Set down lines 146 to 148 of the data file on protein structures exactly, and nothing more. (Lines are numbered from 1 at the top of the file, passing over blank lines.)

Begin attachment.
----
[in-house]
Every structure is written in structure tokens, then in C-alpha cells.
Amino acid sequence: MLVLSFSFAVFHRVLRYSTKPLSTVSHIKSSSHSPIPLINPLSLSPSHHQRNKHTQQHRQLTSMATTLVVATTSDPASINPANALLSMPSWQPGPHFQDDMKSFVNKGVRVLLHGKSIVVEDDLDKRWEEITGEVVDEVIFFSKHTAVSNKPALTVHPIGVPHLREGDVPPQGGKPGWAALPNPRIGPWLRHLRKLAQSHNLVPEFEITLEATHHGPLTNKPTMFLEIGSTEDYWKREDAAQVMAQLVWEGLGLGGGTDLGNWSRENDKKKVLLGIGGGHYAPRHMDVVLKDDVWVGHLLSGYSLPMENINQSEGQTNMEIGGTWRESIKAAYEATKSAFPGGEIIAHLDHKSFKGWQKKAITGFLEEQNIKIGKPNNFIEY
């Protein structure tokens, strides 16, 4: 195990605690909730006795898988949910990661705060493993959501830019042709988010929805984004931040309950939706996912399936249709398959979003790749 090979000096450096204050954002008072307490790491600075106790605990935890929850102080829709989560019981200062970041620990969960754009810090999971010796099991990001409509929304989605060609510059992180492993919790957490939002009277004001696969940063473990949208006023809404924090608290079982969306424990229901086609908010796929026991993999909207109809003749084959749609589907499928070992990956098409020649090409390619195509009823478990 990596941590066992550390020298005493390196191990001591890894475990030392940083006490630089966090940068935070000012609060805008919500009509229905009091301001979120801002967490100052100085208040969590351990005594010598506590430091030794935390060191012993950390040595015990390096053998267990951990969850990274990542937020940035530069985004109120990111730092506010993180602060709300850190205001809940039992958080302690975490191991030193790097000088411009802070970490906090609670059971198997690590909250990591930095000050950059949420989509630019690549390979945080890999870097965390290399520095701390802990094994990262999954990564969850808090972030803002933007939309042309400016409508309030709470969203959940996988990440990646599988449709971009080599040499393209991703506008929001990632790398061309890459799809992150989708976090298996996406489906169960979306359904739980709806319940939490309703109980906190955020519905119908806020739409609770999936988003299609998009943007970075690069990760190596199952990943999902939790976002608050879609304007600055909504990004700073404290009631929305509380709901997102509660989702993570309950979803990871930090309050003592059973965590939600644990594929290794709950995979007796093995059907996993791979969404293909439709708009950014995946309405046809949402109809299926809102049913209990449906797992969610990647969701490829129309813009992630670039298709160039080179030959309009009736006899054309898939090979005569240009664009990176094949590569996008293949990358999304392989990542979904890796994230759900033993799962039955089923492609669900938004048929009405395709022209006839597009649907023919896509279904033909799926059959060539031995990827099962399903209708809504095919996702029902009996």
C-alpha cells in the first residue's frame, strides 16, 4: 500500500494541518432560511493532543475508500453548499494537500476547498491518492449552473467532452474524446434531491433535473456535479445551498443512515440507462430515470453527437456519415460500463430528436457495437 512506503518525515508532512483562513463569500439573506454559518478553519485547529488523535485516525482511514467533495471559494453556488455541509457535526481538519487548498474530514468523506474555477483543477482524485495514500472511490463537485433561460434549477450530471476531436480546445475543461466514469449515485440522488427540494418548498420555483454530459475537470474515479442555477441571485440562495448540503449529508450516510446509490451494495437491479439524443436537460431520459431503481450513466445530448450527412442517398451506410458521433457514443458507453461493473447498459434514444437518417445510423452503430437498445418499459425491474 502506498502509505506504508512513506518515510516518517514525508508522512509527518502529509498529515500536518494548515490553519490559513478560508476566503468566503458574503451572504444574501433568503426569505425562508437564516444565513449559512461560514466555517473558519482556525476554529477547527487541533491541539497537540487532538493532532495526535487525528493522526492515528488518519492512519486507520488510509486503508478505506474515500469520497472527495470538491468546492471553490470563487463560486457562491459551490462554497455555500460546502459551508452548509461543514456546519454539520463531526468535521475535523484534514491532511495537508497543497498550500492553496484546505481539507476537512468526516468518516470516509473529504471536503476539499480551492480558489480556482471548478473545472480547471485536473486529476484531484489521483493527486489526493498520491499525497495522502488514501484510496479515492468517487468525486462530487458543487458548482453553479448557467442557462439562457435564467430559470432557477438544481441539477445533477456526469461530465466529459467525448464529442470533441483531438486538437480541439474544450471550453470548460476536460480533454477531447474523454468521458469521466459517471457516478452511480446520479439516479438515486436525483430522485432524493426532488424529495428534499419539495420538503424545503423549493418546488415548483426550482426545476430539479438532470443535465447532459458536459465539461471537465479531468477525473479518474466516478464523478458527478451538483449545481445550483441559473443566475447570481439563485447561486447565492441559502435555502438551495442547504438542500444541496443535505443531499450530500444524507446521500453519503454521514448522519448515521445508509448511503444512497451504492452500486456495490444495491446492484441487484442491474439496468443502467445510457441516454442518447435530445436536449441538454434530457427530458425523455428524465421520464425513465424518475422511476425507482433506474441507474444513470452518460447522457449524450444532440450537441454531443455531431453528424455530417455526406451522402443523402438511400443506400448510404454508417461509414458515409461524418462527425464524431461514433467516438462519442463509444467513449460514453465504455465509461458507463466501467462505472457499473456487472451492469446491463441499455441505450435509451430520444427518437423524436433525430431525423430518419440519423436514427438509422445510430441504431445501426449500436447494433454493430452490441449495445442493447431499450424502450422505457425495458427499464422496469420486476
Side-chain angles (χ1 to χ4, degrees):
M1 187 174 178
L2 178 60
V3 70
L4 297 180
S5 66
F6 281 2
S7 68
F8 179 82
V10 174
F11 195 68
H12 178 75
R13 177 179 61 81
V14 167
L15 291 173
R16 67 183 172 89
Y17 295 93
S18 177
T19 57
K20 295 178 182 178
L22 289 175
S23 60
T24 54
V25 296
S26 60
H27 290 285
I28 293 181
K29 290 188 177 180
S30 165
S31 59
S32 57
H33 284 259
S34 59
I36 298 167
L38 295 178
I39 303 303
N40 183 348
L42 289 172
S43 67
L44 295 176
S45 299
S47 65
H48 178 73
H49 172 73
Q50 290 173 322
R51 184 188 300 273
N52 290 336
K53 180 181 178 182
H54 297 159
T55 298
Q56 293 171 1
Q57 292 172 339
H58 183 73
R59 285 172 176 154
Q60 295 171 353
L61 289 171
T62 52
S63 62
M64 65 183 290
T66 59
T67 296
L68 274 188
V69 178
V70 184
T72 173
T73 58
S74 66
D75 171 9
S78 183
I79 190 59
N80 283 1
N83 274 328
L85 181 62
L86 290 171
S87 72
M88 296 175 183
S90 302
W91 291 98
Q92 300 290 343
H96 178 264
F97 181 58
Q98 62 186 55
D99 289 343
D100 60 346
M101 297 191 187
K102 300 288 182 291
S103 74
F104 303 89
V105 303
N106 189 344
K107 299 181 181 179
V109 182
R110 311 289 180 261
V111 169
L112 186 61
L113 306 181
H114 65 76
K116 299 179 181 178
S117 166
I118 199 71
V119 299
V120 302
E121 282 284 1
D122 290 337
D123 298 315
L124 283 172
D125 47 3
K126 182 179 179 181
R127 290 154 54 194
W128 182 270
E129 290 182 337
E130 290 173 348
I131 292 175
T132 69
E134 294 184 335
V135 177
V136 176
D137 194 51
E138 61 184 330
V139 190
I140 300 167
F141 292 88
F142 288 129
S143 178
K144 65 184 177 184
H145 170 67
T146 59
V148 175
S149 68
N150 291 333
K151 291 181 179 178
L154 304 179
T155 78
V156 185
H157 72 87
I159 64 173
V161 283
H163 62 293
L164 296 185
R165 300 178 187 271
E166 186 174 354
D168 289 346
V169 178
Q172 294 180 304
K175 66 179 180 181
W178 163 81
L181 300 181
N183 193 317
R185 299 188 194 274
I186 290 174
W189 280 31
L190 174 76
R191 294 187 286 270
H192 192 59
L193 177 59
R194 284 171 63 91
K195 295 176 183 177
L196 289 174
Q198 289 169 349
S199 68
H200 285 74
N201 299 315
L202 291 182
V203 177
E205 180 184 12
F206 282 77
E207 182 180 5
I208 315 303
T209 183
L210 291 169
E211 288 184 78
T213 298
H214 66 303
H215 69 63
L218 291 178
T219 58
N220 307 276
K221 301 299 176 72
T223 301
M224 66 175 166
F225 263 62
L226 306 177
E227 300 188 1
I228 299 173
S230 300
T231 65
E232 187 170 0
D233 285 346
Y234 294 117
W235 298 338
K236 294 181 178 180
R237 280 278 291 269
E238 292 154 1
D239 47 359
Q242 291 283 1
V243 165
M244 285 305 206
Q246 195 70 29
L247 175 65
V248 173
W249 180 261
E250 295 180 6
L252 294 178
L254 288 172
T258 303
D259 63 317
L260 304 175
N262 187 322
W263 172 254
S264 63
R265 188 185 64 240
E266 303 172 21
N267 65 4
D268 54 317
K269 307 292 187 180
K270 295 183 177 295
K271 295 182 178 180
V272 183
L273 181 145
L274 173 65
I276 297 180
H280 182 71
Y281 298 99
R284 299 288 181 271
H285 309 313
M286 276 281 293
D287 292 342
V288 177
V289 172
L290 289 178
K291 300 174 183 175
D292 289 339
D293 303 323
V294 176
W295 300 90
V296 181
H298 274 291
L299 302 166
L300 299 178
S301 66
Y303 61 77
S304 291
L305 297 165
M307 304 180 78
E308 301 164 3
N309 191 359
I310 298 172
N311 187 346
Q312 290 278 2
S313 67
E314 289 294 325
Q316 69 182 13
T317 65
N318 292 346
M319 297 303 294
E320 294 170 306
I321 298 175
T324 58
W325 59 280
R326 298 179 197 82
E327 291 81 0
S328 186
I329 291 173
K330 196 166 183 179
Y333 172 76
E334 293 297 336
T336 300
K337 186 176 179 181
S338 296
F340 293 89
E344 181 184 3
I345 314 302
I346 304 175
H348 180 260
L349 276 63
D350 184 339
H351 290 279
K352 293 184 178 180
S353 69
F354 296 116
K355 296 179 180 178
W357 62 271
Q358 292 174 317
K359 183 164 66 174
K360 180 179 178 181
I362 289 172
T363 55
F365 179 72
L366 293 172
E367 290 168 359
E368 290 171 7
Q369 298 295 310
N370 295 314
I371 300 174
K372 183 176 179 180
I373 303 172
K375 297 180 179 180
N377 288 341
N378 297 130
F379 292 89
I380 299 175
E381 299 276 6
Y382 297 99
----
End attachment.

E166 186 174 354
D168 289 346
V169 178